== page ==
Challenge spans May, encourages alternative means of transportation

Three years ago, Jessica Pelz and Ryan Howard decided to start something new — the May Commute Challenge encouraging biking and walking as alternate forms of transportation in Newberg.

“I’ve worked a lot trying to encourage people to walk and bike,” said Howard, a Newberg City Councilor. “It’s easier on wear on the road, better for personal health, good for the environment, all those reasons. I like the idea of encouraging people to walk and bike.”by: FILE PHOTO - Alternate transportation - Newberg City Council member Ryan Howard is an advocate for alternative transportation, including biking. To encourage others to try the same, he and Planner Jessica Pelz have held the May Commute Challenge two years running. The program will continue this year.

He said the trick in doing that is by focusing on encouragement.

“By setting up this fun activity, it’s just a way to encourage people to try walking and biking and hope people will pick it up and stick with it,” Howard said.

The challenge runs the month of May with two commute breakfasts May 7 and 21.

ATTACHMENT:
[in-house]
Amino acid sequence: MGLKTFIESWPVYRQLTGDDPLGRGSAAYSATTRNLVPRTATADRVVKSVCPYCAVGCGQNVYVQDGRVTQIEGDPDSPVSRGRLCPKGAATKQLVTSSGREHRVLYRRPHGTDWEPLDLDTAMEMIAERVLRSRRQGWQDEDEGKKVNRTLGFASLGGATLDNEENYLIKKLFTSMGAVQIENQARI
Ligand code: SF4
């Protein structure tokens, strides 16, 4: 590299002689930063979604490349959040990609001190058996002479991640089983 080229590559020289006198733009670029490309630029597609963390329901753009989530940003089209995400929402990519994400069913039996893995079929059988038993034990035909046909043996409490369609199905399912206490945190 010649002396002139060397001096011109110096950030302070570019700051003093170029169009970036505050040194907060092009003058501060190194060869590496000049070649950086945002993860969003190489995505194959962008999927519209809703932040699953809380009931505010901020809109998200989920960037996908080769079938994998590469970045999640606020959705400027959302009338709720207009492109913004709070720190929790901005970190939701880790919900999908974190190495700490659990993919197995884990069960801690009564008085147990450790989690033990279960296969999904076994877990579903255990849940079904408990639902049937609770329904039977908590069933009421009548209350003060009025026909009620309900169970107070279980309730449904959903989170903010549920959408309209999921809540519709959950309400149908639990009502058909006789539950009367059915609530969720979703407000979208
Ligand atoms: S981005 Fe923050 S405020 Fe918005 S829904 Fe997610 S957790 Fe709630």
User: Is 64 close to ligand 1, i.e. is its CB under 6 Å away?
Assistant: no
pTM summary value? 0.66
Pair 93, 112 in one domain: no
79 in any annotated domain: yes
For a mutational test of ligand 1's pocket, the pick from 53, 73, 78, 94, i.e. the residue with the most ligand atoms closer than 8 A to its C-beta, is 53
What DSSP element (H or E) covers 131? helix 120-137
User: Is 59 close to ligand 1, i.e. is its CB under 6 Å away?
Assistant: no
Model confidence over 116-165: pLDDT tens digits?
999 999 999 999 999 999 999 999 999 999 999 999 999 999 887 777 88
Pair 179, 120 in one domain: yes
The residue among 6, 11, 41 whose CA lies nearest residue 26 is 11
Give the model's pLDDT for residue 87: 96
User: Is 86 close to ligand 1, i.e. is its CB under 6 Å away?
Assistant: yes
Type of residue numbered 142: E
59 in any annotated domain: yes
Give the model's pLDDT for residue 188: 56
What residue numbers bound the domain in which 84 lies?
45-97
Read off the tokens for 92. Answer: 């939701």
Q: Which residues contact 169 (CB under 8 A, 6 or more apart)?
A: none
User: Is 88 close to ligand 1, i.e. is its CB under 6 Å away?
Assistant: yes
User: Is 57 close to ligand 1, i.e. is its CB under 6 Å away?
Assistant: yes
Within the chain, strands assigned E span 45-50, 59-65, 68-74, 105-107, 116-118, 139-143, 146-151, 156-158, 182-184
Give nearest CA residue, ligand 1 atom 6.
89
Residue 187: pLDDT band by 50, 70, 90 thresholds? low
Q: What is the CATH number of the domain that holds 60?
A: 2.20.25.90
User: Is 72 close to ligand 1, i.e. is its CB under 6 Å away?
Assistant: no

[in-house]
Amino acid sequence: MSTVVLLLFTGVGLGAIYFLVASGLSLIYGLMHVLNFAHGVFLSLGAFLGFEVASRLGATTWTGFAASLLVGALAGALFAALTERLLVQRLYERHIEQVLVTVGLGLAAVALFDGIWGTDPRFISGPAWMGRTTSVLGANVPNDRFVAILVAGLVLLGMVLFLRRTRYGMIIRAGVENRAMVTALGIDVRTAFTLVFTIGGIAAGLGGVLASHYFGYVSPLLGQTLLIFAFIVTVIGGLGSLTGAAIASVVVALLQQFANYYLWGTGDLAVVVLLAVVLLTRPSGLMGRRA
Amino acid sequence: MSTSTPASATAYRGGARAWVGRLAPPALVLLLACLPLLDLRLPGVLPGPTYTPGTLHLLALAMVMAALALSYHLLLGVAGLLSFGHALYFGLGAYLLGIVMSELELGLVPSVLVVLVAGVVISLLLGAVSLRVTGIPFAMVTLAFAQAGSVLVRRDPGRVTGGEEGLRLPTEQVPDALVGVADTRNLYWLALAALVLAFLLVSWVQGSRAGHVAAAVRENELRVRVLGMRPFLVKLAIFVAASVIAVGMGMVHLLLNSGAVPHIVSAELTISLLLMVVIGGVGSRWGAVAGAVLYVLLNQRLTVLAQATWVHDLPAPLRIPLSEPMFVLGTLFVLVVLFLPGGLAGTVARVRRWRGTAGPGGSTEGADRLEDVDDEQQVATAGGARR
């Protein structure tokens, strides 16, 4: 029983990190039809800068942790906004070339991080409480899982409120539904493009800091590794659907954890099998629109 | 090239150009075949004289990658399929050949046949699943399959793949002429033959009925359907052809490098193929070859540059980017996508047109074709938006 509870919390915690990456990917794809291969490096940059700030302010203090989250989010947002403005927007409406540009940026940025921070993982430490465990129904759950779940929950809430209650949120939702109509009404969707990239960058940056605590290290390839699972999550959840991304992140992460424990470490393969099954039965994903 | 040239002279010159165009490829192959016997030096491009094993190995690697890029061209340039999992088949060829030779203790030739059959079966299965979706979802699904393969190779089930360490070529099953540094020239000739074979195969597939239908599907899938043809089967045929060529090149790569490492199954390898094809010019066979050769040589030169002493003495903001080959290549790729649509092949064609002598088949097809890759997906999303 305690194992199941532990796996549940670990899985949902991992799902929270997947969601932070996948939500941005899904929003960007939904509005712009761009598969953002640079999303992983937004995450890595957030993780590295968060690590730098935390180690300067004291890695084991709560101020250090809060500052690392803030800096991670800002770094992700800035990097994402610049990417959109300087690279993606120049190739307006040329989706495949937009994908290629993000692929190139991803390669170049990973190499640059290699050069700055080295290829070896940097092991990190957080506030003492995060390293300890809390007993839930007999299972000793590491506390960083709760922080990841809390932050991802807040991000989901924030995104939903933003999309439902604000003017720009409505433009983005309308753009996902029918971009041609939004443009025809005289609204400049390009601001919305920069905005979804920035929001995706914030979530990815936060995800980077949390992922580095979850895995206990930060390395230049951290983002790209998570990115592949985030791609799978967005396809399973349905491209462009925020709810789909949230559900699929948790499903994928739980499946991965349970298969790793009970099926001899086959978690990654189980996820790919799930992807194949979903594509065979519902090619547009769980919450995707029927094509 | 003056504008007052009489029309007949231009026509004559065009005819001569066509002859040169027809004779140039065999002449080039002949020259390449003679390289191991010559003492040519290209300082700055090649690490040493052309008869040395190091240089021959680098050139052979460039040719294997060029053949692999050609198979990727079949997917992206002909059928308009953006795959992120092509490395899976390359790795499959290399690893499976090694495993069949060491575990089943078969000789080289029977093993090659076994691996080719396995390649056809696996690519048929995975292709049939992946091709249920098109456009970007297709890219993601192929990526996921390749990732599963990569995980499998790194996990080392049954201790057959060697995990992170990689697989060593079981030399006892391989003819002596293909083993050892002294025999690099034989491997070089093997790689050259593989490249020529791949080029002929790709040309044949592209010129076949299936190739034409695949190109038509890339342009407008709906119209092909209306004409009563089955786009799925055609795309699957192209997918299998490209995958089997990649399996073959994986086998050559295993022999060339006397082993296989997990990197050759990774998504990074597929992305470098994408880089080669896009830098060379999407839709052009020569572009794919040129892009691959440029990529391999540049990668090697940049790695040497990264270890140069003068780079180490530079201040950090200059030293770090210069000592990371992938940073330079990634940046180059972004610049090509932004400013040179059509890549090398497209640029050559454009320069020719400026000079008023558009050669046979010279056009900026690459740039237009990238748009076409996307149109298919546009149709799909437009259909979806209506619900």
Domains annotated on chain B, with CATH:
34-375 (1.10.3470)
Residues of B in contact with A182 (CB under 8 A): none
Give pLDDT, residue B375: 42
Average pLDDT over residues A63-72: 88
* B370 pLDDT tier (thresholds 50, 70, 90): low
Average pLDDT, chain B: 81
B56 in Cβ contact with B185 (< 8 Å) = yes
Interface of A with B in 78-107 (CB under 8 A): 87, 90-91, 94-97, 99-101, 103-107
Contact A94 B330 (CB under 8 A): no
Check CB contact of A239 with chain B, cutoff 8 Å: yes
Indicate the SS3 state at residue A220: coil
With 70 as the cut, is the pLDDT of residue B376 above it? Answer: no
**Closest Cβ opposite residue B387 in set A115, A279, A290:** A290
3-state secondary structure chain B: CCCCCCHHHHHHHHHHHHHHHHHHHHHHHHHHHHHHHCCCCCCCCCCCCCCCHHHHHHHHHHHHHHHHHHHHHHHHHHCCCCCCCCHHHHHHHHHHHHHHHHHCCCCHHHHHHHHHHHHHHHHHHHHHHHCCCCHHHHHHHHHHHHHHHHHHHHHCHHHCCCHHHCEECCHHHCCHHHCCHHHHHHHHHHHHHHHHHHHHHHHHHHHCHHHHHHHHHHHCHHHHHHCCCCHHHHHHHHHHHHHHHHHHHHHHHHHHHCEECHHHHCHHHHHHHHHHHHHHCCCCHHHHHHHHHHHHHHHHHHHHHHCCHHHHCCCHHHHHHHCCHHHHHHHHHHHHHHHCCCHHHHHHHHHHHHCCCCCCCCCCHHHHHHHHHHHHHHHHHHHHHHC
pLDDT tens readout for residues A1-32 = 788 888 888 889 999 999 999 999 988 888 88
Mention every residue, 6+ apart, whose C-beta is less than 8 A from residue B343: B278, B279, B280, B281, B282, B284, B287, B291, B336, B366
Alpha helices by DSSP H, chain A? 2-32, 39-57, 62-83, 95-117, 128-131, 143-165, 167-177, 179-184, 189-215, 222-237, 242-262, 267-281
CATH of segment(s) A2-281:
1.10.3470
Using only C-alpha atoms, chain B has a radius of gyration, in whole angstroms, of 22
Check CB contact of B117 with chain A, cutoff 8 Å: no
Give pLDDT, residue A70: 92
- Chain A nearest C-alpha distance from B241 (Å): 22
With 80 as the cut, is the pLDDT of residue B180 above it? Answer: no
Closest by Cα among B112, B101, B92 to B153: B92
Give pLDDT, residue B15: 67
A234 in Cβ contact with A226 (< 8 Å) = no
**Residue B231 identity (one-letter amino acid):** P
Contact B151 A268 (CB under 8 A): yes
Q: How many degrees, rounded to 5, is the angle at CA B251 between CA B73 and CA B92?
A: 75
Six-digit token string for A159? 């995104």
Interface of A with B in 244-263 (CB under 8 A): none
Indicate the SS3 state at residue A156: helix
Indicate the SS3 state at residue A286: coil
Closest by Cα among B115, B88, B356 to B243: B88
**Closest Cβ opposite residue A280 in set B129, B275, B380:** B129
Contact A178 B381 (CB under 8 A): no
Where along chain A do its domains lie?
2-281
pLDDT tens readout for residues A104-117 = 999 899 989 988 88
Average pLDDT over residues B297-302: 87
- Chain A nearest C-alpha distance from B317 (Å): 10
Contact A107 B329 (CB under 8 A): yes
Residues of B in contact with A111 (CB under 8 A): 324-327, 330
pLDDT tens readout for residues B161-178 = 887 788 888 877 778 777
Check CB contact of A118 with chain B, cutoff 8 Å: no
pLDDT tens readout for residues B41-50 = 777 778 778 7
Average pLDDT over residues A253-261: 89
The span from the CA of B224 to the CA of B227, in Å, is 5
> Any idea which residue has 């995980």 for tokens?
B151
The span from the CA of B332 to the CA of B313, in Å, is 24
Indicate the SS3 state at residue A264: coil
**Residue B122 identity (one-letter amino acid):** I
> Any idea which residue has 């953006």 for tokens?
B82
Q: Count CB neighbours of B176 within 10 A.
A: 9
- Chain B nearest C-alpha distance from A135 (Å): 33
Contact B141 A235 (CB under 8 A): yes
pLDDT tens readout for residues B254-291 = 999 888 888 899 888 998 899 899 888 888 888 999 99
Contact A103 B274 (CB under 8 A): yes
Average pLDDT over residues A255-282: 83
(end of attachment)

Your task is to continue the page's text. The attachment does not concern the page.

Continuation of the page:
“Commute breakfast events are a way to recognize that people often don’t live close enough to feel comfortable to bike or walk,” said Pelz, associate planner. “They can park downtown at the Second Street parking lot, have coffee and snacks and walk from there.”

There are also tracking sheets for participants to track days they walked or biked in lieu of driving throughout the month.

“In the past, we’ve randomly drawn names for prizes. Based on how many days peo­ple commute is how many times their name is entered into the drawing,” Pelz said.

Offering some form of incentive goes hand in hand with the goal to instill a sense of competition, something Howard said is essential in making the project successful.

“Local businesses really push it (the competition). They create their own teams and internalize it,” he said.

So far, it’s been fairly suc­cessful.

“Last year we had 128 total participants that equaled 1,142 total commutes,” Pelz said. “The first year we had 102 people participate.”

Although there’s not a number goal in mind, both Howard and Pelz said they hope to see participation continue to increase.

“I think as long as people are enjoying it then it’s kind of having its effect,” Howard said, “as long as we’re visible out there riding around. Every year we have a goal of improving the effort and I think we’ve done that the last two years.”

This year the challenge will kick off with First Friday Art Walk May 2 at Rendered Clothing. For more information about the project, visit

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